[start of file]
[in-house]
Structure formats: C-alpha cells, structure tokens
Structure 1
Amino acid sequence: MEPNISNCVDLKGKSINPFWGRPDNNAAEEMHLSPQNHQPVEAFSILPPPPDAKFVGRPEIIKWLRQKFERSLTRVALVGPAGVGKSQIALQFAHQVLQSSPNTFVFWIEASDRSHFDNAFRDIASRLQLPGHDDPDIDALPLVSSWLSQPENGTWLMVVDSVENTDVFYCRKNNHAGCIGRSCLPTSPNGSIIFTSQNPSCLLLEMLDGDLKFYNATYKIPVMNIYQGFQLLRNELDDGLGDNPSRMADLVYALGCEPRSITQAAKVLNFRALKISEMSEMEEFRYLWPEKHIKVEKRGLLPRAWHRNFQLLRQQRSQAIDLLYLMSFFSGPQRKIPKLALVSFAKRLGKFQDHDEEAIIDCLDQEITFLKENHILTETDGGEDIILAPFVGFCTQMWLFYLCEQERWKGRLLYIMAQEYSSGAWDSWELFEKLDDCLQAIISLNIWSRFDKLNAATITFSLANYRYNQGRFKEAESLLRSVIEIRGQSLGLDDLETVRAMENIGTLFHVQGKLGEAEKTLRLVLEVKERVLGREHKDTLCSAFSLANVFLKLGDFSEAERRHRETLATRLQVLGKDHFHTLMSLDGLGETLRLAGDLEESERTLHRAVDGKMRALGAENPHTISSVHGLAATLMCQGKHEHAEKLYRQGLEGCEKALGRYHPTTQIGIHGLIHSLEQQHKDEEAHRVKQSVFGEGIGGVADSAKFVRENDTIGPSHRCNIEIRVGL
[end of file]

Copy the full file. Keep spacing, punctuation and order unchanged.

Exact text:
[in-house]
Structure formats: C-alpha cells, structure tokens
Structure 1
Amino acid sequence: MEPNISNCVDLKGKSINPFWGRPDNNAAEEMHLSPQNHQPVEAFSILPPPPDAKFVGRPEIIKWLRQKFERSLTRVALVGPAGVGKSQIALQFAHQVLQSSPNTFVFWIEASDRSHFDNAFRDIASRLQLPGHDDPDIDALPLVSSWLSQPENGTWLMVVDSVENTDVFYCRKNNHAGCIGRSCLPTSPNGSIIFTSQNPSCLLLEMLDGDLKFYNATYKIPVMNIYQGFQLLRNELDDGLGDNPSRMADLVYALGCEPRSITQAAKVLNFRALKISEMSEMEEFRYLWPEKHIKVEKRGLLPRAWHRNFQLLRQQRSQAIDLLYLMSFFSGPQRKIPKLALVSFAKRLGKFQDHDEEAIIDCLDQEITFLKENHILTETDGGEDIILAPFVGFCTQMWLFYLCEQERWKGRLLYIMAQEYSSGAWDSWELFEKLDDCLQAIISLNIWSRFDKLNAATITFSLANYRYNQGRFKEAESLLRSVIEIRGQSLGLDDLETVRAMENIGTLFHVQGKLGEAEKTLRLVLEVKERVLGREHKDTLCSAFSLANVFLKLGDFSEAERRHRETLATRLQVLGKDHFHTLMSLDGLGETLRLAGDLEESERTLHRAVDGKMRALGAENPHTISSVHGLAATLMCQGKHEHAEKLYRQGLEGCEKALGRYHPTTQIGIHGLIHSLEQQHKDEEAHRVKQSVFGEGIGGVADSAKFVRENDTIGPSHRCNIEIRVGL